Difference between revisions of "Christ the Bridegroom"
|Line 1:||Line 1:|
'''Christ The Bridegroom''' is the
'''Christ The Bridegroom''' is the and the of '''The Service of the Bridegroom''' during [[Holy Week]]. The ''Bridegroom'' known as '''"O Nymphios"''' in Greek.
== Service of the Bridegroom ==
== Service of the Bridegroom ==
Revision as of 23:48, April 20, 2008
|This article is marked as in progress by Ixthis888, who is actively developing it. It has yet to achieve a stable or complete form and is currently being worked on. Please carefully consider before making major edits to this article.|
Christ The Bridegroom comes from the central figure in the parable of the ten Virgins (Matthew 25: 1-13). Christ of the Passion is the diviine Bridegroom of the Church. This title also suggest his presence and His watchfullness: "Behold the Bridegroom comes in the middle of the night ...". This is also the name for the central icon used in The Service of the Bridegroom during Holy Week. The Bridegroom is also known as "O Nymphios" in Greek.
Service of the Bridegroom
The first three evenings of Holy Week, the church chants the Orthoros in anticipation and are known as the Service of the Bridegroom or the Nypmhios.
At the first service of Palm Sunday evening, the priest carries the icon of Christ the Bridegroom in procession, and we sings the "Hymn of the Bridegroom." We behold Christ as the Bridegroom of the Church, bearing the marks of His suffering, yet preparing a marriage Feast for us in God's Kingdom.
Each of these Bridegroom Orthros services has a particular theme.
On Holy Monday, the Blessed Joseph, the son of Jacob the Patriarch, is commemorated. Joseph is often seen as a prototype of Christ. Joseph was betrayed by his brothers, thrown into a pit and sold into slavery by them. In the same way, our Lord was rejected, betrayed by His own, and sold into the slavery of death. The Gospel reading for the day is The Barren Fig Tree, which Christ cursed and withered because it bore no fruit. The fig tree is a parable of those who have heard God's word, but who fail to bear the fruit of obedience. Originally the withering of the fig tree was a testimony against those Jews who rejected God's word and His Messiah. However, it is also a warning to all people, in all times, of the importance of not only hearing the God's word, but putting it into action.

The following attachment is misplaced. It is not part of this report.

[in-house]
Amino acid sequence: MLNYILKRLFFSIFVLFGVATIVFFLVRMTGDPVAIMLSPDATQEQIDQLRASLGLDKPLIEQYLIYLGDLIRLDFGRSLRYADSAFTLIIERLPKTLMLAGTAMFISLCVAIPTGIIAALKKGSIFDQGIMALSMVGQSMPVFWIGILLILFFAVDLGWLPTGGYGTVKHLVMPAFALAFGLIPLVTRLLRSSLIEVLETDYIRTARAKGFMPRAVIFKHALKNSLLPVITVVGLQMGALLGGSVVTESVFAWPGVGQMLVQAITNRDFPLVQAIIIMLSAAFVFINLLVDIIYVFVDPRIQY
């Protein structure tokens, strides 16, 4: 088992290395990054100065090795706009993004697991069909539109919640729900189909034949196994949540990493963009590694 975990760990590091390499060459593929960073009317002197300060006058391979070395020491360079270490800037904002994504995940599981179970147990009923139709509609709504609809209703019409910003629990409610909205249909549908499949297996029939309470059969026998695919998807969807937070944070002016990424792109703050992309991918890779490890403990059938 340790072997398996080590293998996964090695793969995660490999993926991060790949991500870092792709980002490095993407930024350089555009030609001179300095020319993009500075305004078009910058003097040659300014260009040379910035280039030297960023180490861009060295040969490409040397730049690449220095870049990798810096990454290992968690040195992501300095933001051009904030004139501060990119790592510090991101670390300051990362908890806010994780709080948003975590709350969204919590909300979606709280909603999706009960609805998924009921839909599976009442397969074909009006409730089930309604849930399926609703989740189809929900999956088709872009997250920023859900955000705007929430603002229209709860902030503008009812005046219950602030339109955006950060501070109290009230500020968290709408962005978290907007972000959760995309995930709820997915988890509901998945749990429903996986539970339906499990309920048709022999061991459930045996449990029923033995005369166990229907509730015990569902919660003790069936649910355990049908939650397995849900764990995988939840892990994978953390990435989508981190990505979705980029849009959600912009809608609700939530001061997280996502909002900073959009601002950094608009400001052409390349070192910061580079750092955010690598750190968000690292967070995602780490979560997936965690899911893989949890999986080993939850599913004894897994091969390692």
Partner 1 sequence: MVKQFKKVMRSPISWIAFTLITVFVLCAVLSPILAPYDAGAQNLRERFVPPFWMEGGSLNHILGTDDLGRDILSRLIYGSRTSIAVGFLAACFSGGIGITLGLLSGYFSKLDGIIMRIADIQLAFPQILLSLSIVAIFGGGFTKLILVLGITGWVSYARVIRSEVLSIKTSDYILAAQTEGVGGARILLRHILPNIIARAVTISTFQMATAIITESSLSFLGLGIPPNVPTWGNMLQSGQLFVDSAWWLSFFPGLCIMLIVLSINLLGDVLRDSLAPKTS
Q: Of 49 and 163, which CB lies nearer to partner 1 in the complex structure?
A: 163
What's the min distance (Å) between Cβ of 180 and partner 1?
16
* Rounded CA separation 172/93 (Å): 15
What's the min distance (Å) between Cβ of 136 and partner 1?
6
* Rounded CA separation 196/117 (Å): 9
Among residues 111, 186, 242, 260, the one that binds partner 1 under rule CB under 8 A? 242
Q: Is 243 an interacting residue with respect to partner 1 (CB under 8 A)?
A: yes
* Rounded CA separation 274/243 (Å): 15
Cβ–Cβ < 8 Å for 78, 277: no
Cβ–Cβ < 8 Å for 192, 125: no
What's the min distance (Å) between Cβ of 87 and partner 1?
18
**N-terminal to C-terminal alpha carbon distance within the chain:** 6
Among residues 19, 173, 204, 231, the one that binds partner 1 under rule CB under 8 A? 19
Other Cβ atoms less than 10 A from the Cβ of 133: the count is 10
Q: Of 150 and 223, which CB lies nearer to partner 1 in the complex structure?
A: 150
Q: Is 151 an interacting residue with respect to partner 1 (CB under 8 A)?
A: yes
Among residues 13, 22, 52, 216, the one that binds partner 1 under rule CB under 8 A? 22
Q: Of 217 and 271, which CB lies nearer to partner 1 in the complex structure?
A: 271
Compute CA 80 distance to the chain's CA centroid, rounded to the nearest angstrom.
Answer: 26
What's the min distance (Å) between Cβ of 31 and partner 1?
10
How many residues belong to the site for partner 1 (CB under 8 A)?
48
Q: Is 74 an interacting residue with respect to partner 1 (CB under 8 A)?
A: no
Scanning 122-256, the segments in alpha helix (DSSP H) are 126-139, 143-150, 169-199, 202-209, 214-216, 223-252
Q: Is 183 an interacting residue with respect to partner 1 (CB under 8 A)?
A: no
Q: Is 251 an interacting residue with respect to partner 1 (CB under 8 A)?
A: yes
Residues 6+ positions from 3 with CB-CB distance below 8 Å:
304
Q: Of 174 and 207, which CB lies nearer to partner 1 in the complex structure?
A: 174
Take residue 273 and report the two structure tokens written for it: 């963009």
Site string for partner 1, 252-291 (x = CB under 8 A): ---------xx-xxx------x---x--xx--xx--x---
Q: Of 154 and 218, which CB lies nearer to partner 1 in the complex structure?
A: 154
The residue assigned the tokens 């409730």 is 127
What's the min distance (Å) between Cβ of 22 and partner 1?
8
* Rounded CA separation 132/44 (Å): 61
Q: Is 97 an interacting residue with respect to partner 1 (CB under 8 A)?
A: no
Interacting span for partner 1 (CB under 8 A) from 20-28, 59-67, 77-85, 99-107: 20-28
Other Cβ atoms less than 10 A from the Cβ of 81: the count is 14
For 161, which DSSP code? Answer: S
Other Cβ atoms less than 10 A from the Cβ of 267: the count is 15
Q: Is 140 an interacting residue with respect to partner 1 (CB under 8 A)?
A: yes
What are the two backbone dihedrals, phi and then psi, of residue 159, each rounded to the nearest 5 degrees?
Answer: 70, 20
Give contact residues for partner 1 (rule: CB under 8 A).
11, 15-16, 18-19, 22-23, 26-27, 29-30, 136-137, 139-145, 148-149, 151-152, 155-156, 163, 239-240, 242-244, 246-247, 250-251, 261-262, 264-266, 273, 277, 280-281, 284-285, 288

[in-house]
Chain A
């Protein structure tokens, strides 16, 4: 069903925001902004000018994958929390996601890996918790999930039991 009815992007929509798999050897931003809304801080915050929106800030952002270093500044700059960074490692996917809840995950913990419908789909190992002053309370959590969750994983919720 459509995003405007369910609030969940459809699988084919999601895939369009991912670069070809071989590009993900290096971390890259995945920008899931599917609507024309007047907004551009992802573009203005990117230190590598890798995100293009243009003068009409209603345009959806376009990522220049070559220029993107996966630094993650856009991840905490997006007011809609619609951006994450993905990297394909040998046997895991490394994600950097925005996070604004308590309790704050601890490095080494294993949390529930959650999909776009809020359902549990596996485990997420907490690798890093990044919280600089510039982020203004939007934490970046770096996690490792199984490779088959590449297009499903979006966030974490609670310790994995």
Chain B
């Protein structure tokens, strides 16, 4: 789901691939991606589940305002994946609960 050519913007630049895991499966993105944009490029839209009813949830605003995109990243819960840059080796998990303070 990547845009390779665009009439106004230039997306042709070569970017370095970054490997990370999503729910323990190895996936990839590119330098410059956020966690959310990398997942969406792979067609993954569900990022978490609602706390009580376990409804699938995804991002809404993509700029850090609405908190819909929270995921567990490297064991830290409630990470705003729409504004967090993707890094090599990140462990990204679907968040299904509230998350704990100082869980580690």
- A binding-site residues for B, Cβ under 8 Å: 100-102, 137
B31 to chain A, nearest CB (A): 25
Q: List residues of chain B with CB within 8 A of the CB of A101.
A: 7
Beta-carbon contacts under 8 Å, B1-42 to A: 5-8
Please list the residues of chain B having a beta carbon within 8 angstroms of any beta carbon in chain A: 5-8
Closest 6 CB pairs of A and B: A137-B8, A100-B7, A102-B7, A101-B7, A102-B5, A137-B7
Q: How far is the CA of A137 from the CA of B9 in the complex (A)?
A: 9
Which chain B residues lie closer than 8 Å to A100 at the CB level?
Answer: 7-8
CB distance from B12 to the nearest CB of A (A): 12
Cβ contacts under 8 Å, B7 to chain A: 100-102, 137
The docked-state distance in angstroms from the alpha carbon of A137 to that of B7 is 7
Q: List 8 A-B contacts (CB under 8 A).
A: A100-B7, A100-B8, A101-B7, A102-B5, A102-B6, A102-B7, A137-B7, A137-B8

On Holy Tuesday, the Parable of the Ten Virgins is read. It tells the story of the five virgins who filled their lamps in preparation for receiving the bridegroom while the other five allowed their lamps to go out and hence were shut out of the marriage feast. This parable is a warning that we must always be prepared to receive our Lord when He comes again. The theme of the day is reinforced by the expostelarion hymn we sing "I see Thy Bridal Chamber adorned, O my Savior, but have no wedding garment that I may enter. O Giver of Light, enlighten the vesture of my soul, and save me."
The theme for Holy Wednesday is repentance and forgiveness. We remember the sinful woman, Kassiane, who anointed our Lord in anticipation of His death. Her repentance and love of Christ is the theme of the wonderful "Hymn of Kassiane" which is chanted on this night, reminding us one more time, before "it is too late," that we too may be forgiven if we repent.
The Hymn of Kassiane
The Bridegroom icon
The icon depicts Jesus dressed according to the mockery of the Roman guards just prior to his crucifixion.
- The crowns - The crown of thorns are a symbol of His marriage to the church.
The Hymn of the Bridegroom
Behold, the Bridegroom cometh in the middle of the night, and blessed is that servant whom He shall find watching; and again unworthy is he ...